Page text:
Does Classical Music Affect the Average Student's Test Scores?

by Melissa Goldsmith

    Universities and foundations have conducted various experiments as to whether classical music affects student testing performance. The results of these studies have been promising, but have been proven to be controversial. No study has concluded that classical music affects the average student's test scores. Nonetheless, results indicate that the active study of classical music improves test-taking skills.

    Mozart Effect Debunked

    In 1993, the “Mozart Effect,” an experiment that had questionable results, focused on improved intelligence test performance by undergraduates who passively listened to Mozart’s sonatas. According to San Francisco Classical Voice, ambitious media, politicians and entrepreneurs were responsible for exaggerating and oversimplifying the study’s results. The problems with the aims of the “Mozart Effect” were the one-size-fits-all approach, which led to age-inappropriate music activities for children, the endorsement of passive listening to classical music and the creation and sales of misleading educational products.

    More Inconclusive Findings

    The Dana Foundation studied the impact of studying music and test scores and concluded that scores were improved. However, according to Greater Good, affiliated with the University of California, Berkeley, these findings have also been controversial. Greater Good argues that reasons for advocacy for the arts are rooted in emphasis on test areas such as math, reading and writing. This emphasis occurs at the cost of nontested subjects such as music and art. The problem is that it is difficult to collect hard evidence and reach solid conclusions because there are too many variables, such as individual students' learning interests and weaknesses, which will differ for every study subject.

    Not Composed for Test Taking

    Greater Good points out that in a Gallup Poll, 85 percent of Americans stated they believed that children in music programs were likely to have better grades and achieve higher test scores. These children are in music programs; children who just listen to music while testing do not receive the same benefits. The fact is that classical music was never meant to be listened to passively and within a multitasking context. Classical music played during exams can be seen as being as much a distraction as it could be a benefit to students who need to relax.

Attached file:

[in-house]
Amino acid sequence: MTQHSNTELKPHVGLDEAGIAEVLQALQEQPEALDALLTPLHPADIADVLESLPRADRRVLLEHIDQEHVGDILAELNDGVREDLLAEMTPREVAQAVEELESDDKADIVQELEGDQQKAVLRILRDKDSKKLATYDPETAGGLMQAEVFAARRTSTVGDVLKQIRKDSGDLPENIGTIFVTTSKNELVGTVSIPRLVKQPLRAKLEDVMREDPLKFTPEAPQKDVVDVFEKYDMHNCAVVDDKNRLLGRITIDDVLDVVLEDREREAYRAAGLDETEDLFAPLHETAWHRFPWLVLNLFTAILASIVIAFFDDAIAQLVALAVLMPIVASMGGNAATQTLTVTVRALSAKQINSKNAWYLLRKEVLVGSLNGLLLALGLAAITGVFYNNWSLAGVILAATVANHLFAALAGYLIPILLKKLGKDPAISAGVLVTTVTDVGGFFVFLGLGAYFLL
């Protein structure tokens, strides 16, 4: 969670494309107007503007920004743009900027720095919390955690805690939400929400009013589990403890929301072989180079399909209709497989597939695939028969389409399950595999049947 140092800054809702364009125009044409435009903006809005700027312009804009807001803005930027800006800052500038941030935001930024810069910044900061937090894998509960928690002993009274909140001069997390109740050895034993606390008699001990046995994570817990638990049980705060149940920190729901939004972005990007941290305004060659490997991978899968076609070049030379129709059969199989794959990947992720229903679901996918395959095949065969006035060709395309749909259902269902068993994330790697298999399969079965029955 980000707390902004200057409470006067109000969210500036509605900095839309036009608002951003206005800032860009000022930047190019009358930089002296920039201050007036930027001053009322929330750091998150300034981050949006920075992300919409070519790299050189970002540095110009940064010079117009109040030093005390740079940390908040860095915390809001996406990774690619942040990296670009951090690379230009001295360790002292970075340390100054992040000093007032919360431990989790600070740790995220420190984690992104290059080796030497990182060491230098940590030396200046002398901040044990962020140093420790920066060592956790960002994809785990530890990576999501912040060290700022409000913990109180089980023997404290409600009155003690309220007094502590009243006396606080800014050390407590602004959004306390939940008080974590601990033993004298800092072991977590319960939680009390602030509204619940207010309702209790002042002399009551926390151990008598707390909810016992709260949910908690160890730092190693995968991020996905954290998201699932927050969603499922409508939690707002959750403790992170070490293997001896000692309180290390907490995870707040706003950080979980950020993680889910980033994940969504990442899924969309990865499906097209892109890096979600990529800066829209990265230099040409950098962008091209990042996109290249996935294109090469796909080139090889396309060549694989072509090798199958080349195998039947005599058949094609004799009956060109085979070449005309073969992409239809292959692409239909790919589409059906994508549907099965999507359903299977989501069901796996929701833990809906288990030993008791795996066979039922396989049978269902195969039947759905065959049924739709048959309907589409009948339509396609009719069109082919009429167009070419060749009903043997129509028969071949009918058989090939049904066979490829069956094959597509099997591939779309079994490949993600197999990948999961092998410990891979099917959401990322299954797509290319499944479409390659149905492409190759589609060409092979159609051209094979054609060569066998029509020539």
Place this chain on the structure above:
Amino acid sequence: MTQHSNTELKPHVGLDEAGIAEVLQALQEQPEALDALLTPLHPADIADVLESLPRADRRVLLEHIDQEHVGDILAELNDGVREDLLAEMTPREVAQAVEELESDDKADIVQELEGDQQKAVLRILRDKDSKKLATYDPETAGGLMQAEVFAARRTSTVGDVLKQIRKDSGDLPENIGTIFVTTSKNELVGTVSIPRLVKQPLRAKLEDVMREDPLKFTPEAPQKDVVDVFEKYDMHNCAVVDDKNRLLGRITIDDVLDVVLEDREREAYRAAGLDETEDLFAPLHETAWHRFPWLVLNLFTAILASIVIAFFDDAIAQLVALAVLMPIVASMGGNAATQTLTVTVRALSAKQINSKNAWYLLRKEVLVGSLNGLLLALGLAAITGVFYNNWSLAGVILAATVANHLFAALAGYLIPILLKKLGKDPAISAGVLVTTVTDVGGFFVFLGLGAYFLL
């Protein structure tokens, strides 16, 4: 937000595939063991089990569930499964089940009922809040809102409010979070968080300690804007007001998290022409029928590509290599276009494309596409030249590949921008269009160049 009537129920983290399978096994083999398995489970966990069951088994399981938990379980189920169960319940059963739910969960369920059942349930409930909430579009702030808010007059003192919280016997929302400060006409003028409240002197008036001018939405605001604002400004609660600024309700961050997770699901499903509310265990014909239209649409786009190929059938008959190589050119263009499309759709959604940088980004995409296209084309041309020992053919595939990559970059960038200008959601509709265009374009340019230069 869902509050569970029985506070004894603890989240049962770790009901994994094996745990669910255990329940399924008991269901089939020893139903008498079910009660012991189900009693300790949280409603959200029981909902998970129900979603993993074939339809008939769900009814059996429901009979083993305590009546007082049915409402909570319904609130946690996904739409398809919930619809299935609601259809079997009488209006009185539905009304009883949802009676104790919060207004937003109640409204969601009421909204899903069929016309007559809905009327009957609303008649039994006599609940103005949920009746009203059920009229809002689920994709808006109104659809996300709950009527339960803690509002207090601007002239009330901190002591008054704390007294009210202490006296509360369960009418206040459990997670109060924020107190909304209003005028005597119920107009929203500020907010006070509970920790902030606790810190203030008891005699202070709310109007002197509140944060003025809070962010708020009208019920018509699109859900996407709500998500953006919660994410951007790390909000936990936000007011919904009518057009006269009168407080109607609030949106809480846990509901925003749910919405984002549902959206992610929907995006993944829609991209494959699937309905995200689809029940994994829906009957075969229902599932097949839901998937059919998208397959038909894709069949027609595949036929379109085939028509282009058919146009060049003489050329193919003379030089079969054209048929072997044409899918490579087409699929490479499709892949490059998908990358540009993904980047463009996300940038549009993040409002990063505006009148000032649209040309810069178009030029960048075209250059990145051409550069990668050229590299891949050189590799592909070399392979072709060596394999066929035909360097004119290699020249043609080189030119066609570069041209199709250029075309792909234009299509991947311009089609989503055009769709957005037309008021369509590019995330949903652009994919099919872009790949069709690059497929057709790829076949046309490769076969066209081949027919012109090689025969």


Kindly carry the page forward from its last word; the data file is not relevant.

Classical Music and Active Learning

    Active learning by definition is a more engaging type of learning. Children in music programs that focus on active listening benefit from an enhancement in student engagement, which furthers learning. Active listening differs greatly from the passive listening which most experiments have emphasized. The real issue might be not that the results are controversial, but that the experiments themselves are flawed. For the experiments to be valid, researchers must find ways to teach students what to listen for in a classical piece. They could also test students' understanding of classical music's historical context and identifying two themes for the purpose of contrast. Examples of transferable skills would include thoughtful listening and intelligent engagement with other cultures. Researchers could then test to see which of these transferable skills best improves test taking.

    Classical Music and Test Skills

    According to the National Association for Music Education and the Music Empowers Foundation, studying music in a school environment through individual and group participation helps students become responsible, through practicing, taking care of an instrument, learning a song and expressing newly attained knowledge. All these activities are possible with well-thought-out selections of classical or popular music: Either leads to knowledge through attaining better focus, honing problem solving skills and building stamina in practice. These positively affect real-time test taking.

    About the Author

    A musicologist and librarian, Melissa Goldsmith earned her PhD in musicology and Certificate in Advanced Studies in library and information science in 2002 from Louisiana State University. Her academic articles and reviews have also been published since that year. Goldsmith enjoys teaching tap dancing, music, film studies, embroidery and gardening.

    Photo Credits

    • Stockbyte/Stockbyte/Getty Images